Working in Norway
Working Remotely: Is it your right?
Do you consider working remotely to be your right?
In Norway we work under the ideas included in The Norwegian Model.
Though when I’ve googled this term, it often comes up as The Nordic Model, so it’s hard to know which of these countries really owns this idea.
No matter – what’s interesting here is how one of this model’s components is the flat work structure enjoyed by the employees in not only the public sector but also the private one.
Are we really all equal?
Write ‘enjoy’ because sometimes I’ve gotten the feeling that working people in Norway take it a bit for granted that they’re on more equal footing with their boss than is the case other places in the world.
So that they consider it a right they have to be able to give their opinion openly if their management introduces a new idea that might affect their working conditions.
Which might include questioning the decision itself, if it’s a good or bad one.
Because giving your opinion openly and honestly is generally highly regarded in Norway, as it makes you appear honest and trustworthy to other people.
Where are we at with this idea in the American workplace? Or with our structure?
Working remotely - the new work model?
Thought about this because of a business advice column I read in the local paper this morning where the topic is about working remotely in our new pandemic-driven society.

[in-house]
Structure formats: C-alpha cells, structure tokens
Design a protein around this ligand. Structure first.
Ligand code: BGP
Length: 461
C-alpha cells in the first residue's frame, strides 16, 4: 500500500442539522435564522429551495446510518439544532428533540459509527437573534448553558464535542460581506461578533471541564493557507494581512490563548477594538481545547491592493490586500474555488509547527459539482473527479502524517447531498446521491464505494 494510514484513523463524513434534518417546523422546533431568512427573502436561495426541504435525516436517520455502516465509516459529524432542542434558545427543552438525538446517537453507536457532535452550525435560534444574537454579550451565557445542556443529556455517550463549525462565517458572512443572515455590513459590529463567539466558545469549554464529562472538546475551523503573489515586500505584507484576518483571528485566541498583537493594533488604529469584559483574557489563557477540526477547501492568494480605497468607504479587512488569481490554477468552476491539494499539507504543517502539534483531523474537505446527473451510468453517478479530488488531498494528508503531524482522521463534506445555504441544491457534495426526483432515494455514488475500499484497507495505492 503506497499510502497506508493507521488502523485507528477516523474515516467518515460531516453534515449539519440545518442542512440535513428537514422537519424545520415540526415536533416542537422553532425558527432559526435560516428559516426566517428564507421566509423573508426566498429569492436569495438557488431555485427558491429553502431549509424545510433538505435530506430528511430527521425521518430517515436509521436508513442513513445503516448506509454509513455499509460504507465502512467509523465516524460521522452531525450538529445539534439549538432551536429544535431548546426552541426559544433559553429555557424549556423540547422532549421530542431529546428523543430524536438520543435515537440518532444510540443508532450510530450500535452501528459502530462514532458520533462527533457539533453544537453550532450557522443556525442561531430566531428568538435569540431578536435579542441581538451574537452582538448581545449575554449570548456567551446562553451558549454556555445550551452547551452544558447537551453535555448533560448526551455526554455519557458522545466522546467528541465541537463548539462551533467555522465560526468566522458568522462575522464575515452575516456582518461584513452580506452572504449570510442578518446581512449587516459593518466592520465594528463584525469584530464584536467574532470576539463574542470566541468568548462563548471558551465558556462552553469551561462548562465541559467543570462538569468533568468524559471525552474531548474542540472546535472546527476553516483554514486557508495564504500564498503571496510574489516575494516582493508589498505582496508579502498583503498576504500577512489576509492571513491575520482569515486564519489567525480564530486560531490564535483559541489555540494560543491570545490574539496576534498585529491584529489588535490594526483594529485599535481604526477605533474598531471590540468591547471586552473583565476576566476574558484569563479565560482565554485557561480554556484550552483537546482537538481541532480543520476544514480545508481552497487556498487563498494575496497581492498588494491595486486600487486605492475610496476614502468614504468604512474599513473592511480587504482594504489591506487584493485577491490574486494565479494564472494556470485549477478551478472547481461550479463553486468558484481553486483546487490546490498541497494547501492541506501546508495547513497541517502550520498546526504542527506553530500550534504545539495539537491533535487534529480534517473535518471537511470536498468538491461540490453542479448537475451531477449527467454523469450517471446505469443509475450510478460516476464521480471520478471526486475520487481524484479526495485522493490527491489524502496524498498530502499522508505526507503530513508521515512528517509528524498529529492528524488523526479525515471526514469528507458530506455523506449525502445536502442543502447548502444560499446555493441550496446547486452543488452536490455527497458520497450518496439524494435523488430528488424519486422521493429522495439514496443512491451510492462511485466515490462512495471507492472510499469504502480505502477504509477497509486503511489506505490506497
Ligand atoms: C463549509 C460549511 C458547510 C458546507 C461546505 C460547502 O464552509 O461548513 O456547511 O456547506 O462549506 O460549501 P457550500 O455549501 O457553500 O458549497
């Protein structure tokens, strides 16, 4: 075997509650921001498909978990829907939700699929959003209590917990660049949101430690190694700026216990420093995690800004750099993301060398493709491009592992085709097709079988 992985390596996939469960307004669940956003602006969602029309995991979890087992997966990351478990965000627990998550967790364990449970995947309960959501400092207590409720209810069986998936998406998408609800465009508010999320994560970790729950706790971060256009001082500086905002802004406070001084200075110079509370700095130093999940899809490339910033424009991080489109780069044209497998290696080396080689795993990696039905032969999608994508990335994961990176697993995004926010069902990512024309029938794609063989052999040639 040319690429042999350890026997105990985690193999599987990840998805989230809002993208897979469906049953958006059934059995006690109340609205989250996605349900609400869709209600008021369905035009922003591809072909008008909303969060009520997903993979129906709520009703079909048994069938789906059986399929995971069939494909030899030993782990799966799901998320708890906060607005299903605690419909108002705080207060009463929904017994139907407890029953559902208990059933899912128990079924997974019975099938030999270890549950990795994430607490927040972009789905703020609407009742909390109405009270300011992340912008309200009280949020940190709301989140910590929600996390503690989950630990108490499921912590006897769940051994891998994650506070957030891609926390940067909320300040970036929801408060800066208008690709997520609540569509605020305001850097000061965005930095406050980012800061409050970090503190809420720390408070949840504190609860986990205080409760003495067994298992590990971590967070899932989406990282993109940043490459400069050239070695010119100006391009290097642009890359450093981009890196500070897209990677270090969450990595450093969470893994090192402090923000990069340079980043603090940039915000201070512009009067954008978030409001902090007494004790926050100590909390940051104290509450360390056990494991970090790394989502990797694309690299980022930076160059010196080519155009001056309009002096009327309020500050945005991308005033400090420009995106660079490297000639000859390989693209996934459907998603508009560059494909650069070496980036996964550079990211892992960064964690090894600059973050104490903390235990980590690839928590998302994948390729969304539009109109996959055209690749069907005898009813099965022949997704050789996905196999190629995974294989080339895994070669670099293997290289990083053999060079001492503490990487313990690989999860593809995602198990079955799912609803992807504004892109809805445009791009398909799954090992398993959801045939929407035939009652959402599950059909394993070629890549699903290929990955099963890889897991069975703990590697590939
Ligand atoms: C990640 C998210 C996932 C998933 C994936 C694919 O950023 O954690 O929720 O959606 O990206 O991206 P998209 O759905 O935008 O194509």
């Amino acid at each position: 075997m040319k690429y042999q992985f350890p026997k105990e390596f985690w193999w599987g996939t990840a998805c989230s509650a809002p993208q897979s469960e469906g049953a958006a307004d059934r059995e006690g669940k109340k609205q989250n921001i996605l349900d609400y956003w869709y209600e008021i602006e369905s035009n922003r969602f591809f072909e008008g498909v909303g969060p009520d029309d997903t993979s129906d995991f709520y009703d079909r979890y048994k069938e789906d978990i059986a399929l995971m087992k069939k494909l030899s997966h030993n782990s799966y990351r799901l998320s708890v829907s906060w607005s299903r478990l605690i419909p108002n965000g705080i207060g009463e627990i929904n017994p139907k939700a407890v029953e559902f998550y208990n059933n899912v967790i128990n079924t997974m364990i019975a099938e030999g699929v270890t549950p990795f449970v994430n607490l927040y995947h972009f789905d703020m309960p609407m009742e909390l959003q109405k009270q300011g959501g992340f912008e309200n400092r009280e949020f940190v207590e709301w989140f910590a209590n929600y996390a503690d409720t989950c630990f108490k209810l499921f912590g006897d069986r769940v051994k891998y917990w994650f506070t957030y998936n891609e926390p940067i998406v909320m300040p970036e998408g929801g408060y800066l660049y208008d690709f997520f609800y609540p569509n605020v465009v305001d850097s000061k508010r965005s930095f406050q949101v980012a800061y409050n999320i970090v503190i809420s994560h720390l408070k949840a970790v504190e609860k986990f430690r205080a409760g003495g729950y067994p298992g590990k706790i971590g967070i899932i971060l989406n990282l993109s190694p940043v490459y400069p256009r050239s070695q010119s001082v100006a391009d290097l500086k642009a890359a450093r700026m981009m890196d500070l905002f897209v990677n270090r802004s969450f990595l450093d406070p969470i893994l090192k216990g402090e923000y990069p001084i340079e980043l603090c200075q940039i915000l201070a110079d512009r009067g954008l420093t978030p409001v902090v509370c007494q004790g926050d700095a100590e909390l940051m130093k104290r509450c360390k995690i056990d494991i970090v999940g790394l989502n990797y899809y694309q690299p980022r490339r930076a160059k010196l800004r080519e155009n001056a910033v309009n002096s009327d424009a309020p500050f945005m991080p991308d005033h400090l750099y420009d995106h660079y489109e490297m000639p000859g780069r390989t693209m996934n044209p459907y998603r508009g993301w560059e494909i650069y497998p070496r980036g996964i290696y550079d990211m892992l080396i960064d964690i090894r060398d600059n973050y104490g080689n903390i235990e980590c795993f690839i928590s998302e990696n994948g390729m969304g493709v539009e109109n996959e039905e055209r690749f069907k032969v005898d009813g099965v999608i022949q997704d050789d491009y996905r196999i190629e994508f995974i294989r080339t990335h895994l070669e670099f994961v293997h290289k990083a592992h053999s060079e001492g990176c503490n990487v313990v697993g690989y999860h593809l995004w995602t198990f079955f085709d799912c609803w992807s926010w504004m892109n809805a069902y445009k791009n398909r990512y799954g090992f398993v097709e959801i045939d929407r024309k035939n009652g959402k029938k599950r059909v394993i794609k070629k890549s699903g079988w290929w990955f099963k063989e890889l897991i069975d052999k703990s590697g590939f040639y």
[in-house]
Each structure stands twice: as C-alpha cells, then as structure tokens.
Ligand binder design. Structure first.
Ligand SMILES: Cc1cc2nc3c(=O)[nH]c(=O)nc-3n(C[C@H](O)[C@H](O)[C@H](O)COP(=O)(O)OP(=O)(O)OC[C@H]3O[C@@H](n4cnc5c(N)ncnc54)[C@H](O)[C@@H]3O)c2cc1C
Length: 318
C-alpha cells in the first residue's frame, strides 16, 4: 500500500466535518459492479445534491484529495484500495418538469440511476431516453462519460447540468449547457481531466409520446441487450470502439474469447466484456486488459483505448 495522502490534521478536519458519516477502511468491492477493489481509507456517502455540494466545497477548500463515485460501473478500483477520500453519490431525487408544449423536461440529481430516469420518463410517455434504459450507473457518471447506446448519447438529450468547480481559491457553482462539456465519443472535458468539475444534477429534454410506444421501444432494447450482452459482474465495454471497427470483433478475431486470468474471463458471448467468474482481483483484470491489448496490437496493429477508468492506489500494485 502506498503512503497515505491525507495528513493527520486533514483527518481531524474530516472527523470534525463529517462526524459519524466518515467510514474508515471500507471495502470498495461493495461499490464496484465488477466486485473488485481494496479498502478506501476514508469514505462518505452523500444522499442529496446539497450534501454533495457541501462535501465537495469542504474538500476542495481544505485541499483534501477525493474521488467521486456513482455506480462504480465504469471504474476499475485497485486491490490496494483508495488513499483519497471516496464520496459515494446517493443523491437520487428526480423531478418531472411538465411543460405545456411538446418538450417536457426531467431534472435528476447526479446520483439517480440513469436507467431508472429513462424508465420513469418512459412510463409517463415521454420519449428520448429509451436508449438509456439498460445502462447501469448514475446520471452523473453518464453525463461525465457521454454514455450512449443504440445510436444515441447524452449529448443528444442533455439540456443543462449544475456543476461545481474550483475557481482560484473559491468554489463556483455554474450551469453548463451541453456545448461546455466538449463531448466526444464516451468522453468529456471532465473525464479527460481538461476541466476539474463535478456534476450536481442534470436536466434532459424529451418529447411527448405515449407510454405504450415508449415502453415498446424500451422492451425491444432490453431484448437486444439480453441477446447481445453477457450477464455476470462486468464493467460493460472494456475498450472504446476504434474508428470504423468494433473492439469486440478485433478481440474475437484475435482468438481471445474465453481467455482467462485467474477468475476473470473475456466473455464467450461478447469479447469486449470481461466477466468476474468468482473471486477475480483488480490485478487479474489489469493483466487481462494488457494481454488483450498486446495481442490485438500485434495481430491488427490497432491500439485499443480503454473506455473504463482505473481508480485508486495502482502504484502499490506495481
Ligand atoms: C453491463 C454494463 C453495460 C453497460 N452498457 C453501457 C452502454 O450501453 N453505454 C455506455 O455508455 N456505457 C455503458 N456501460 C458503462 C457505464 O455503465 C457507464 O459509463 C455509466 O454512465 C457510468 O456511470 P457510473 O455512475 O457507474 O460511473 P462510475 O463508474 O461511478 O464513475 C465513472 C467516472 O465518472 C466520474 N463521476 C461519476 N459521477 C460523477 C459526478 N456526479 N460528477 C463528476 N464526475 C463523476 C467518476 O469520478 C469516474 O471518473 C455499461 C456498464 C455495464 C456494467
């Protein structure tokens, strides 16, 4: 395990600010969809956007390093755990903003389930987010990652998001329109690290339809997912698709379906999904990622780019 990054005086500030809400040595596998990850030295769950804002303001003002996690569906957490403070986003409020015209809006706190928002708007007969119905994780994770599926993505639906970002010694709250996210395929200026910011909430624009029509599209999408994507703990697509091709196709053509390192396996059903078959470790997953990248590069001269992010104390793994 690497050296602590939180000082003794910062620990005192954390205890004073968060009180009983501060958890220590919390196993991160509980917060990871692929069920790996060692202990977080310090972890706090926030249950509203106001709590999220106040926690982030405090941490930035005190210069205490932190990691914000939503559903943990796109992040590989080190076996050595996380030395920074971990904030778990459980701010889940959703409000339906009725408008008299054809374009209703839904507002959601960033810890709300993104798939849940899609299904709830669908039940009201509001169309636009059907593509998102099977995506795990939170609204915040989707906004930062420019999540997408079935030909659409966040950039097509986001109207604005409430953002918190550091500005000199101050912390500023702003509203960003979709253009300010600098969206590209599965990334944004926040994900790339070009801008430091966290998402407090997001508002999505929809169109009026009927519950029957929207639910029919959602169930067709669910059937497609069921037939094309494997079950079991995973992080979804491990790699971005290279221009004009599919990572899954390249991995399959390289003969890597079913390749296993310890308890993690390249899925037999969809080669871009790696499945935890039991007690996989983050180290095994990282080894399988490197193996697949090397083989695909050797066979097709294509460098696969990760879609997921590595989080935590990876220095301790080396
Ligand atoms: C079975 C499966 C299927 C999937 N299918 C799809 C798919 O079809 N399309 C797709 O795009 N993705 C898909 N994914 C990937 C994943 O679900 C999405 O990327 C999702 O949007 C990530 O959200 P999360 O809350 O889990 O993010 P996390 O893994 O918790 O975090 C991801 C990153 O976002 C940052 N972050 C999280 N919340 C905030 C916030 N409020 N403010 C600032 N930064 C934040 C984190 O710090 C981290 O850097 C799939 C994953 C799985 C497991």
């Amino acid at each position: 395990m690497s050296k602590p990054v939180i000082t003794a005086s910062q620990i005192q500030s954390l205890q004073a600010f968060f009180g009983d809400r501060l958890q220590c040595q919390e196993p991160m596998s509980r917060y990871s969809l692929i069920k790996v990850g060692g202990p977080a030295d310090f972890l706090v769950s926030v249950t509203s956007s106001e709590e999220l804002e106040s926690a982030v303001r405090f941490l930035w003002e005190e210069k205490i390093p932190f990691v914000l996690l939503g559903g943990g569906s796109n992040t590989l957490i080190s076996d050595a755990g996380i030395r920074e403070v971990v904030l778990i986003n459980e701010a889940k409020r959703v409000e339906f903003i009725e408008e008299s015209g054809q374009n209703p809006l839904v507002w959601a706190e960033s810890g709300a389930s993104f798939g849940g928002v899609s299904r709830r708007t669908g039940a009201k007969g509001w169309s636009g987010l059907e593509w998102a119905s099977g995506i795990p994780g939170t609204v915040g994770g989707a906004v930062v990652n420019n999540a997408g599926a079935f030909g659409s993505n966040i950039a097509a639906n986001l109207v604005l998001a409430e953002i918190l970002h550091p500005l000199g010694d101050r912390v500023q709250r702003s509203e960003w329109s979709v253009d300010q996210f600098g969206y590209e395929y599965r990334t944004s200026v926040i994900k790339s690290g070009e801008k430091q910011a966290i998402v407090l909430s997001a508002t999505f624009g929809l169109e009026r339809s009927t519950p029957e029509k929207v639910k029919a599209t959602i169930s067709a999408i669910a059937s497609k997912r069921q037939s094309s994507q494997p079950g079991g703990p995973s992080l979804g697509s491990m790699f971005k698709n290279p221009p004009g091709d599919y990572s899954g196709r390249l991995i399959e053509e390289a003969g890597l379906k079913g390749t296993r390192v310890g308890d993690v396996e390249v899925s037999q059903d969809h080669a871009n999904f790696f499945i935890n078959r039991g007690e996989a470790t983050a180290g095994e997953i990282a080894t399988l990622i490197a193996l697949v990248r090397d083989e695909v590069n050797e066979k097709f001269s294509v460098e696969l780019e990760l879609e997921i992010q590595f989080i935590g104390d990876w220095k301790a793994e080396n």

Which of course has been for everyone’s safety, no problem there. But now we’re talking about getting ‘back to work’ in the workplace, including offices.
So what’s interesting here is that the writer starts out with the statement that “my boss started letting us work from home awhile back, which is great.” (Note: “letting us”)
But there’s a problem because “She’s now insisting that we be available for online meetings every day but Monday.” And then the question: “Can I talk to her about unrealistic expectations?”
Not better or worse – just different?
Even more interesting is the advice columnist’s response: “What bosses hate, hate, hate is when they try to do something nice and employees immediately want to debate the new policy…ask her what she would like you to do…’ask instead of tell’ can make it sound more like you’re trying to support her and less like you’re trying to be ungrateful…”
(Note: “do something nice”… and ”want to debate”…”ask instead of tell”…”ungrateful”)
This question-answer exchange doesn’t sound very flat, does it? Or honest and open, either.
That is, when seen from a Nordic worker’s perspective.
But does that make it wrong or bad? Or just different?
So am still wondering, should we consider working remotely to be our right?